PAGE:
Monthly Archives: July 2016

Jerusalem for holy travel guide

Our drive into Jerusalem passed through undulating waves of land created by the Judean mountains, with crammed-together, stone buildings that seem to protrude from every hillside nook and cranny. The golden hues of the late afternoon sunshine had spread itself over the scene sometimes with amazing dappled effect.

It was a biblical look right there that prepared me for the only destination on Earth where the three monotheistic religions – Judaism, Christianity and Islam – combine to create a spiritual atmosphere like no other.

Jerusalem is neatly divided into four quarters and we started our path in the Jewish quarter. Our first destination was the iconic Western (Wailing) Wall in the Old City. There are many gates into the Old City and we entered via the Maimonides Gate, passing through airport-style security towards the wall.

King Solomon built a temple to house the Ark of the Covenant, so revered by Jews, in 516 BC. It was destroyed by the Romans in 70 AD and this wall is all that is left today. Jews (and others) come to pray in front of it, often squeezing hand-written notes asking for fertility, money or health, into any chink they can find, hoping for a direct line to their god. The woman next to me told me she was praying for her hair to grow back after chemotherapy and my heart broke. If ever there was a monument to humanity’s deepest despair and most heartfelt desires, this 2000 year-old stone wall is it.

Looking down at the ground at the foot of the wall I saw hundreds of messages that had fallen out as new hopefuls add their memo. None are destroyed as these are later buried by the wall-keepers. It’s all very beautiful yet I found the atmosphere to be heavily sombre.

This is also the site of the world’s oldest mosque, The Dome of the Rock (built in 691 AD), sacred to Muslims. Muslims believe that it was from this spot that Prophet Mohammed ascended to heaven. I could see its golden dome shimmering for recognition in the afternoon sun while I said a few words to whichever god may be listening.

When I walked away from the al fresco prayer plaza beyond the railings, I saw a priest animatedly arranging his congregants (Polish pilgrims) for a photo opportunity, excited to have the wall as the backdrop. I went to take a picture of the scene, and when he spotted me he spontaneously struck a delightfully jocular pose.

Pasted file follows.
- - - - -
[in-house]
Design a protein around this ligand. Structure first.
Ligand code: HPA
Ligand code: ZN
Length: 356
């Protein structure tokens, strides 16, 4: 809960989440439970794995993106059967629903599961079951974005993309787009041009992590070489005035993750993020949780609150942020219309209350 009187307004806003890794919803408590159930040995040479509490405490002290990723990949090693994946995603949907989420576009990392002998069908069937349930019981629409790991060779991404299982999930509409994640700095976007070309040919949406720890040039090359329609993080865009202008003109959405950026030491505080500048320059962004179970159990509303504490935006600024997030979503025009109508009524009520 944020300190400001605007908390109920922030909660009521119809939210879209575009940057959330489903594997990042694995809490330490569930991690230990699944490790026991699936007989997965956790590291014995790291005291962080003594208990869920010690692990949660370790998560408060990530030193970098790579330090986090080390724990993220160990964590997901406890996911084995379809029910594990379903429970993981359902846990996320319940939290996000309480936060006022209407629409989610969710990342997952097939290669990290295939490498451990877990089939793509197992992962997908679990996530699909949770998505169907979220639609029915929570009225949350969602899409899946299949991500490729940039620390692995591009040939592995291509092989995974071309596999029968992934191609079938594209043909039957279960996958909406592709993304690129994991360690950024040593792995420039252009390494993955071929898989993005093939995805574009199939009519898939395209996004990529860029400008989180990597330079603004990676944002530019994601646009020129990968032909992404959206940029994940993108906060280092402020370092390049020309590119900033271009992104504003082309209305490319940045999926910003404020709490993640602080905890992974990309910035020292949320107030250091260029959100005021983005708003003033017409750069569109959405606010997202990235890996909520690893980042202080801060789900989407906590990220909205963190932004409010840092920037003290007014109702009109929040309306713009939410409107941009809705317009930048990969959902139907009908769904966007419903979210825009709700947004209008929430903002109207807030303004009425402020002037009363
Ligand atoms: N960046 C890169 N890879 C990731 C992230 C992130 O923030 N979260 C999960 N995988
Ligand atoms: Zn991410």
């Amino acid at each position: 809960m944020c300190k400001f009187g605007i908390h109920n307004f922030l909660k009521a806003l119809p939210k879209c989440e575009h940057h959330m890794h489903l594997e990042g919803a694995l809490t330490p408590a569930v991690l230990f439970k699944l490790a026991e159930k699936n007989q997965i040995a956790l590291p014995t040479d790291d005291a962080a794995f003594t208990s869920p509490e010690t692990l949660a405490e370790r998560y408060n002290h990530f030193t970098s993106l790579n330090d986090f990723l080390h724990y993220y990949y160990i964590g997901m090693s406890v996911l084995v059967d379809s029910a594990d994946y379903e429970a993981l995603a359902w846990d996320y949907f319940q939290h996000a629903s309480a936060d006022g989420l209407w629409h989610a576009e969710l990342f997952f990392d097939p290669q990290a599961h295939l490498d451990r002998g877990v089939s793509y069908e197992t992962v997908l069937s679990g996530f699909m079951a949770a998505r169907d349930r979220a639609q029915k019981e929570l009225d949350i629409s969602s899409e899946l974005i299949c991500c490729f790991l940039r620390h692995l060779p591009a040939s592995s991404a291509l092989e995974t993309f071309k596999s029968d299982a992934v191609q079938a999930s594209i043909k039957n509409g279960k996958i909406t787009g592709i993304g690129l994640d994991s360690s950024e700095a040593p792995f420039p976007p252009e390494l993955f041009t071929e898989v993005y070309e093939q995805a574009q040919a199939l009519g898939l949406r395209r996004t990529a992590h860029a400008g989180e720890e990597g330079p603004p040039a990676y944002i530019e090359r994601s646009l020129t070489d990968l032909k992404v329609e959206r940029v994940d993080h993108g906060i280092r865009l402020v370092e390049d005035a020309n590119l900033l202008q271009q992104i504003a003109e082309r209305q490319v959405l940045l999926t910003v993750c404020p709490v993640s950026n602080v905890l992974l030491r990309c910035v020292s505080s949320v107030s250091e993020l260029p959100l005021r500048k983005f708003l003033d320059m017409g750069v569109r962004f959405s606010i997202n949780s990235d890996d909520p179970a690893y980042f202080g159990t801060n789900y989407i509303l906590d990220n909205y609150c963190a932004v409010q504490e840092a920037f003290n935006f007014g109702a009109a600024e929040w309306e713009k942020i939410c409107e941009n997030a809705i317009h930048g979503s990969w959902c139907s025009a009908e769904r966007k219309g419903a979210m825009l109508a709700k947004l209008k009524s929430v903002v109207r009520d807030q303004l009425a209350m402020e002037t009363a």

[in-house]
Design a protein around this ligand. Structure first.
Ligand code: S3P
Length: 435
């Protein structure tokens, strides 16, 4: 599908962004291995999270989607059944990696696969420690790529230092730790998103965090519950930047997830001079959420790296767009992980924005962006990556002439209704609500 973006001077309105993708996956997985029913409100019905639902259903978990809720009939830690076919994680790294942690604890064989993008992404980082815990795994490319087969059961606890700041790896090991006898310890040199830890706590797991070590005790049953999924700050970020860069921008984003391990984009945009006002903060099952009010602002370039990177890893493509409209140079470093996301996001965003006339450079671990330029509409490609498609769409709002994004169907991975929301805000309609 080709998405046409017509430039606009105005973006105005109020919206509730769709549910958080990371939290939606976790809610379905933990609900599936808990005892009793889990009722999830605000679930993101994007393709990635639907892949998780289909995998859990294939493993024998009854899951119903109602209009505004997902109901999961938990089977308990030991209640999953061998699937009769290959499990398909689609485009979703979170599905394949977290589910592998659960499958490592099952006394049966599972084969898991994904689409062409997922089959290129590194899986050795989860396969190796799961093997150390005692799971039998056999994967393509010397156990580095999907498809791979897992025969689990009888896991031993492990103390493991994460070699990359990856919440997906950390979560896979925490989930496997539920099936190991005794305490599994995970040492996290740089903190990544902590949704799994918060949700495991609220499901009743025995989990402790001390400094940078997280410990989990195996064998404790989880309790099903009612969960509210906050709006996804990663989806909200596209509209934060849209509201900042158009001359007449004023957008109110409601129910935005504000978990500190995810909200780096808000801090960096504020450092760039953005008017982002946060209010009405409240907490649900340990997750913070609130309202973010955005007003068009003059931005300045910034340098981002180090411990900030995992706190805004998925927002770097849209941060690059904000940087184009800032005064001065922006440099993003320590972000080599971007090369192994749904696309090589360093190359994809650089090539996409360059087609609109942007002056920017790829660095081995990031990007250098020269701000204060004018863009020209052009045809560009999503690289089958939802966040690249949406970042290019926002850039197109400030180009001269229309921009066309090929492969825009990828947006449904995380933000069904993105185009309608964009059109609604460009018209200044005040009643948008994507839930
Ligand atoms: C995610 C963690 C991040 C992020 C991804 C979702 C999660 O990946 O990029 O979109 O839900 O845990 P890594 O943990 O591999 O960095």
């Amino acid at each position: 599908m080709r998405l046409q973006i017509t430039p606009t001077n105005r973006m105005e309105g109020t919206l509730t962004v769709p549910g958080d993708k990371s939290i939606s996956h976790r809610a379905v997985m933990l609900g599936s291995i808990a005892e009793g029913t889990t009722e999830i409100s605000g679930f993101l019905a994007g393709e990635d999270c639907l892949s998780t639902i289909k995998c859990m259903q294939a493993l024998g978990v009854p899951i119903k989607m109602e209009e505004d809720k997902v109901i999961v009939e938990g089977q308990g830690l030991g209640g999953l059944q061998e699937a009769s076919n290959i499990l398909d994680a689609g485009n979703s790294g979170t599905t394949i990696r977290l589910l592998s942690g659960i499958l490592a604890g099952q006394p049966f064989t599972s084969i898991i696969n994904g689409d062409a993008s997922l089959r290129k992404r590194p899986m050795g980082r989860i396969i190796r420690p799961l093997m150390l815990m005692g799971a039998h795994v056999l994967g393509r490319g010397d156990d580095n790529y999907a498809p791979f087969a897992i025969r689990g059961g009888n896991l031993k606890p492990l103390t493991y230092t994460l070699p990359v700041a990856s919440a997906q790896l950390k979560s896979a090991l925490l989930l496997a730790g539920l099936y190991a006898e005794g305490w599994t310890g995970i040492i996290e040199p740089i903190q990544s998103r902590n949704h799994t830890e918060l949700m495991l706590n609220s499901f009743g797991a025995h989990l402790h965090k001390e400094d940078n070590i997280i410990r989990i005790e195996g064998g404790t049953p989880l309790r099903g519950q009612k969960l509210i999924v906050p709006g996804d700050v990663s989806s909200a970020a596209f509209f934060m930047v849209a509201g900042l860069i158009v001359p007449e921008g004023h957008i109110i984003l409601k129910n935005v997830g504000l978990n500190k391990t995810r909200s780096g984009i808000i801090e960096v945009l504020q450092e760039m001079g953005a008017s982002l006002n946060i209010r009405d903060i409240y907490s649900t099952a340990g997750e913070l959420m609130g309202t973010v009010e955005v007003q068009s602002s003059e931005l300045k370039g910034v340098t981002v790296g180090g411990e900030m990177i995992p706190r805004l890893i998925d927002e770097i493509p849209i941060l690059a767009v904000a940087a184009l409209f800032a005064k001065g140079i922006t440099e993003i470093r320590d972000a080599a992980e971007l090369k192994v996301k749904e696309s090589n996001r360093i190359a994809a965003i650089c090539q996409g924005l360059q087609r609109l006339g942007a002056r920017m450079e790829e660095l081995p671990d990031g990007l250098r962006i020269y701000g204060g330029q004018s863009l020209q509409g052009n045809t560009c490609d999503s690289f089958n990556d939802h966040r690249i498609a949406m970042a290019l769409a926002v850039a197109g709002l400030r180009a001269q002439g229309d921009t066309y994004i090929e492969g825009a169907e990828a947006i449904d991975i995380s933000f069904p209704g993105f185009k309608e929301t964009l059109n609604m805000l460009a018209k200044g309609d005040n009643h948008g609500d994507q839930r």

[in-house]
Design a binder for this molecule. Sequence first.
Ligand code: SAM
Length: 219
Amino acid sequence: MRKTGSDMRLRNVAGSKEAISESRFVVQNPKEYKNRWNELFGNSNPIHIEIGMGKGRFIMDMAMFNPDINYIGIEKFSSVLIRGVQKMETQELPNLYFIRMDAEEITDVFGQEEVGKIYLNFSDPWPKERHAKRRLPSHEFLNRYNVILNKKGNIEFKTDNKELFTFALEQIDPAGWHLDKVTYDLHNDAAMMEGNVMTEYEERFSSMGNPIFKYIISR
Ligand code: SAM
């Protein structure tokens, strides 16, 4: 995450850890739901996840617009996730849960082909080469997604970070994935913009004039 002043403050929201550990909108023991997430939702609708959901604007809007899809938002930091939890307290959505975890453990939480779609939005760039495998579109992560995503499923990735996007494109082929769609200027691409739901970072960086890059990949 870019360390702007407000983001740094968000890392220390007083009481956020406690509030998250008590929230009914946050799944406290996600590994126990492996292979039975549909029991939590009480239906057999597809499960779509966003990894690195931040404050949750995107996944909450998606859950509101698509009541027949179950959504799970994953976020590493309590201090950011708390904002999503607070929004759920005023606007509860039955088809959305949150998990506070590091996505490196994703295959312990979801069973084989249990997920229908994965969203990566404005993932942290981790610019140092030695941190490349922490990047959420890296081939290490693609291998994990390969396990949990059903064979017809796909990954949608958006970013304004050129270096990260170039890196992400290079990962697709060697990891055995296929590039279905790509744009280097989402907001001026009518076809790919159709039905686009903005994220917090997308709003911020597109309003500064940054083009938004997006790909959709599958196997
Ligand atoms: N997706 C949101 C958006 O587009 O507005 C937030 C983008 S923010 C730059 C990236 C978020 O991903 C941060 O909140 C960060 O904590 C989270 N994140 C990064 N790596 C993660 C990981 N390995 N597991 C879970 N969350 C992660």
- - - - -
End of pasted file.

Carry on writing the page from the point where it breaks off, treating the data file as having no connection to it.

I saw this earthly shepherd and his flock again later at the Via Dolorosa (the 14 stations of the Cross), leading them along the winding route that Jesus took from his trial to the site of his crucifixion.

This passes through the Muslim quarter and ends in the Christian quarter at the Church of the Holy Sepulchure or Church of the Resurrection.

Entry to this most sacred church is a humble brown door, but just steps into the interior is a stone slab set above ground level known as the Stone of Anointing. This is said to be the place where Christ was prepared for burial and I watched as faithfuls lovingly kissed and caressed the stone in reverence.

All denominations conduct their own services in various parts of the church. I witnessed the Catholic service which is held at the central dome. Congregants were dispersed to the sides to make way for a parade which, to my amazement, was headed by my jocular priest who winked at me as he walked by.

Winter Sun Island Paradise

The Caribbean has always been a popular choice among holiday-makers that love sun and sea jaunts away. Constant sunshine, cocktails, gentle waves of a stunningly clear blue sea lapping against the sand, and an occasional cooling breeze is an appealing holiday option.

So when friends of my wife, whose work in yachting had led them to regularly visit the Caribbean, suggested we consider it for our November break we investigated further.  As this fell at the latter end of the Hurricane season, they recommended somewhere in the South Caribbean which would be less likely to be troubled by storms.

Why choose Barbados?

One of our reasons for choosing Barbados was that it is a direct flight from the UK (Thomas Cook Airlines offer return flights from £399.99) – and surprisingly only seven and three quarters hours away. British visitors will also appreciate that they drive on the same side of the road as us (left side) – which makes hiring a car a fairly comfortable experience.

You get a sense of Barbados’ laid back attitude the moment you arrive and it is sometimes easy to mistake this for diffidence, but don’t be fooled, the chances are that your request has been noted and will be dealt with.

Bajans are generally a warm and friendly bunch but they tend to do things at a relaxed pace, which is fine as soon as you get into their way of thinking – relaxation seems to be the name of the game in Barbados. One early morning call came at 11.20am instead of 10am. When I asked why it came so late I got a shrug of the shoulder and ‘that’s a Bajan early morning call’.

The island certainly has everything you would expect of a tropical paradise – coconut trees, humming birds, a rain forest, blue coral-reefed seas and miles of sandy beaches.

If, however, you expect to find a deserted stretch of sand you are likely to be disappointed, as all of Barbados’ beaches are public. Beach-side hotels, however, will have their own sun loungers which are for hotel patrons only and are guarded by hotel security – which means that you can sunbathe pretty-much undisturbed even by the beach vendors (who tend to be very mild mannered in comparison to those in some places).

The climate is pretty even with average temperatures varying between the high sixties and low eighties – however, make no mistake, when the sun comes out it is HOT and humidty can reach 75% especially between July-December period which means you need to be well protected against mosquitos.